As for nobility in particular persons; it is a reverend thing to see an ancient castle or building not in decay ; or to see a fair timber tree sound and perfect. How much more to behold an ancient noble family, which hath stood against the waves and weathers of time. For new nobility is but the act of power, but ancient nobility is the act of time. Those that are first raised to nobility are commonly more virtuous, but less innocent, than their descendants ; 3 for there is rarely any rising but by a commixture of good and evil arts. But it is reason the memory of their virtues remain to their posterity, and their faults die with themselves. Nobility of birth commonly abateth industry; and he that is not industrious, envieth him that is. Besides, noble persons cannot go much higher : and he that standeth at a stay when others rise, can hardly avoid motions of envy. On the other side, nobility extinguisheth the passive envy from others towards them ; because they are in possession of honour.4 Certainly, kings that have able men of their nobility shall find ease in employing them, and a better slide into their business ; 1 for people naturally bend to them, as born in some sort to command.
1 illorum reverentiâ, tanquam obice, retundatur.
2 Rursus numerosa nobilitas, quæ plerumque minus potens est, statum prorsus depauperat.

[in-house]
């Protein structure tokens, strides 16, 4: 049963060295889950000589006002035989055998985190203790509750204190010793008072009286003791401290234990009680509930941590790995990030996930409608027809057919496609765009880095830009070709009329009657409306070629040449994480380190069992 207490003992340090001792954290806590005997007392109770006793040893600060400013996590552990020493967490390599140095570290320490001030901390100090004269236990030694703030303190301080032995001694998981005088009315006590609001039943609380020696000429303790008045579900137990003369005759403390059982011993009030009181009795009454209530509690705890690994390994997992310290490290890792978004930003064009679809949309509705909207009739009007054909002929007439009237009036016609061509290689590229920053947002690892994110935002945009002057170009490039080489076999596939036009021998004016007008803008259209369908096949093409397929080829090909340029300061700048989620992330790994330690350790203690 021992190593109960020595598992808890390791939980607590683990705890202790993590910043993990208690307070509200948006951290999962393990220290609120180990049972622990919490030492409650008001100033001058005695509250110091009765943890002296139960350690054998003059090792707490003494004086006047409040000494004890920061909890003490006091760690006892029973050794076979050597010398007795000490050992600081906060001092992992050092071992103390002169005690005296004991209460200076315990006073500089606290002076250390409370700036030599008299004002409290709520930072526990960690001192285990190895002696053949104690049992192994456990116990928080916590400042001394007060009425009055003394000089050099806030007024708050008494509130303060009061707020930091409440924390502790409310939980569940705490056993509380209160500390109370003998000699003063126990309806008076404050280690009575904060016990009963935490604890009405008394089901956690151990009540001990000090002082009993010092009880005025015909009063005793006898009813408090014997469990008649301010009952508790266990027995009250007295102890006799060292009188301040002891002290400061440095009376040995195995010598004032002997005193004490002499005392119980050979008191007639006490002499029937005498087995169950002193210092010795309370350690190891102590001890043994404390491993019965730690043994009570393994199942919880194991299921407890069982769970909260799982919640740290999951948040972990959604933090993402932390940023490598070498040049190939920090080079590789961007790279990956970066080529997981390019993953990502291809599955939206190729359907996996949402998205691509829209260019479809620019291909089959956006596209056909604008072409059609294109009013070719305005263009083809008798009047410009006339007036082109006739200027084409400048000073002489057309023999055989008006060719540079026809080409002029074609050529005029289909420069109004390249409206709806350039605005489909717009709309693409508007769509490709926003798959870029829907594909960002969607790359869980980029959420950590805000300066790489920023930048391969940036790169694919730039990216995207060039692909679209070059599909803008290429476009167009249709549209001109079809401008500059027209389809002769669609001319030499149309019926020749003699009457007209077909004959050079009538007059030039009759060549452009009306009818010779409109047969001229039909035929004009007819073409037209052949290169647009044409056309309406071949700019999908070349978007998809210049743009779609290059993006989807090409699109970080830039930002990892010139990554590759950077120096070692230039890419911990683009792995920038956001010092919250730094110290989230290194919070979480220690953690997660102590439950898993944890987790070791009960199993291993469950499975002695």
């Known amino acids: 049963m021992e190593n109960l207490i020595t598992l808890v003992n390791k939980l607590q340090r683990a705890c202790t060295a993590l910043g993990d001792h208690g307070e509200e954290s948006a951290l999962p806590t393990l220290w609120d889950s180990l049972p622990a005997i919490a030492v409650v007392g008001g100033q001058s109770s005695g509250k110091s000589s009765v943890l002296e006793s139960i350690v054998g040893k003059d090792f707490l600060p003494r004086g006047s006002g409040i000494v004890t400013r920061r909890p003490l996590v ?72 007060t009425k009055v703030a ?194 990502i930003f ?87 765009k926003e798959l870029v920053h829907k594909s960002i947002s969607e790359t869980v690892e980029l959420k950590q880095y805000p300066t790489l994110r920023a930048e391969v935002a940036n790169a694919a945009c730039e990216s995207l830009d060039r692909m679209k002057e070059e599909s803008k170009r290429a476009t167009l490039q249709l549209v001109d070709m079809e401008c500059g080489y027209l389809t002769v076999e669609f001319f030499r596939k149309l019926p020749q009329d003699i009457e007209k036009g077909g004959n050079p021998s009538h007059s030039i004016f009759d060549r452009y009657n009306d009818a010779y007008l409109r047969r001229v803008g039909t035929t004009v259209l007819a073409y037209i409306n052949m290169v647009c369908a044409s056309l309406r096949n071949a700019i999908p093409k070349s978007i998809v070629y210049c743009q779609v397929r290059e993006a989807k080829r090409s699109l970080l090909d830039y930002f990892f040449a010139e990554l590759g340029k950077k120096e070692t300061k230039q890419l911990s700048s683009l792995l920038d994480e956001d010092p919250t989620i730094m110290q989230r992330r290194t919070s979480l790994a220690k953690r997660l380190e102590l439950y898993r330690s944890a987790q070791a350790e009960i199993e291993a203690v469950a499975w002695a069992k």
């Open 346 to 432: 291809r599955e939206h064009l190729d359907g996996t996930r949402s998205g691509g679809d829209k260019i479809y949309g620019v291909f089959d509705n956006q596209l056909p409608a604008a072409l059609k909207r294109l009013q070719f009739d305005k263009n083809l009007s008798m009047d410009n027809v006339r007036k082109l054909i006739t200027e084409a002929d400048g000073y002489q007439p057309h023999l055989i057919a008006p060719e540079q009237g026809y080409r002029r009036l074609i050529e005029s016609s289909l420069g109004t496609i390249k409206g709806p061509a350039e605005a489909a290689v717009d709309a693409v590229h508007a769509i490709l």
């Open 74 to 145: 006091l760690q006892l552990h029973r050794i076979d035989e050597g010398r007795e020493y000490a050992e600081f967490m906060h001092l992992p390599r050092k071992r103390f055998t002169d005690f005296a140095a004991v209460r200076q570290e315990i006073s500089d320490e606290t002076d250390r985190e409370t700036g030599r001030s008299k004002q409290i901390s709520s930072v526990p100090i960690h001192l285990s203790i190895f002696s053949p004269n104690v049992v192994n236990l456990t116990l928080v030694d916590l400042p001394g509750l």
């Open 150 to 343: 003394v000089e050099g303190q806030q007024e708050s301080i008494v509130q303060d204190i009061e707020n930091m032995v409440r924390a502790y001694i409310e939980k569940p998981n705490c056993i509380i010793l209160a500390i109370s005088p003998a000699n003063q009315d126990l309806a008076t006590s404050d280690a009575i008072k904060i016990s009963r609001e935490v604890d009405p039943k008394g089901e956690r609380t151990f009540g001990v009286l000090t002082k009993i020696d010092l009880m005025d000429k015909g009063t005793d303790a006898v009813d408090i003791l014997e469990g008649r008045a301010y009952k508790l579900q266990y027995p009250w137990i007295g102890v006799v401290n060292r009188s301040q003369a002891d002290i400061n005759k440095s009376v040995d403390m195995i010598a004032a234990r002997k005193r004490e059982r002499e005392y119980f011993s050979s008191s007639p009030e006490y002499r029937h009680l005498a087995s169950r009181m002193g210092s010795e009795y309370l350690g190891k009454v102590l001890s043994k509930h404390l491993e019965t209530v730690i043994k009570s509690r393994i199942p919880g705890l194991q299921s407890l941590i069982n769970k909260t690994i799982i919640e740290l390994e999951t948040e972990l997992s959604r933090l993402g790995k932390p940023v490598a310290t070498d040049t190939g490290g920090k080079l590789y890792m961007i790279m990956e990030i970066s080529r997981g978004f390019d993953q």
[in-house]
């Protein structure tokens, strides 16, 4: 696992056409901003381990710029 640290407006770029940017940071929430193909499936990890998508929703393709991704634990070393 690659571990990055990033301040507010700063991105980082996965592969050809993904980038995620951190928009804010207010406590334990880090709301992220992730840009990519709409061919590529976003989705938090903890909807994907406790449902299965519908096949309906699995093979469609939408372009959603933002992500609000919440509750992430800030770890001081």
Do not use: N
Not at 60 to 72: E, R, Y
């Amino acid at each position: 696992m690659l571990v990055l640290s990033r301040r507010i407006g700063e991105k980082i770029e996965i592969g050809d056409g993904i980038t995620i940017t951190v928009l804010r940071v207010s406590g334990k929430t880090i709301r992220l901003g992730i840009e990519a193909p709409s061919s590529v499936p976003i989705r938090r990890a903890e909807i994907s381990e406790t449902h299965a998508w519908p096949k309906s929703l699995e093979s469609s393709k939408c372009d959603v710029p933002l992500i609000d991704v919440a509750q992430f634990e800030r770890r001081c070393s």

8 virtutum claritudine plerumque posteris eminent, sed innocentiâ minime.
4 That is, born in possession. Eo quod nobiles in honorum possessione nati videntur.
XV. OF SEDITIONS AND TROUBLES. SHEPHERDS of people had need know the calendars 2 of tempests in state; which are commonly greatest when things grow to equality ; as natural tempests are greatest about the Equinoctia. And as there are certain hollow 3 blasts of wind and secret swellings of seas before a tempest, so are there in states :
- Ille etiam cæcos instare tumultus
Thence warning comes, and wars in secret gathering.] Libels and licentious discourses against the state, when they are frequent and open; and in like sort, false news often running up and down to the disadvantage of the state, and hastily embraced; are amongst the signs of troubles. Virgil giving the pedigree of Fame, saith she was sister to the Giants :
Illam Terra parens, irâ irritata Deorum,
Progenuit. As if fames were the relics of seditions past; but they are no less indeed the preludes of seditions to come. Howsoever he noteth it right, that seditious tumults and seditious fames differ no more but as brother and
I negotia sua mollius fluere sentient, si eos potissimum adhibeant.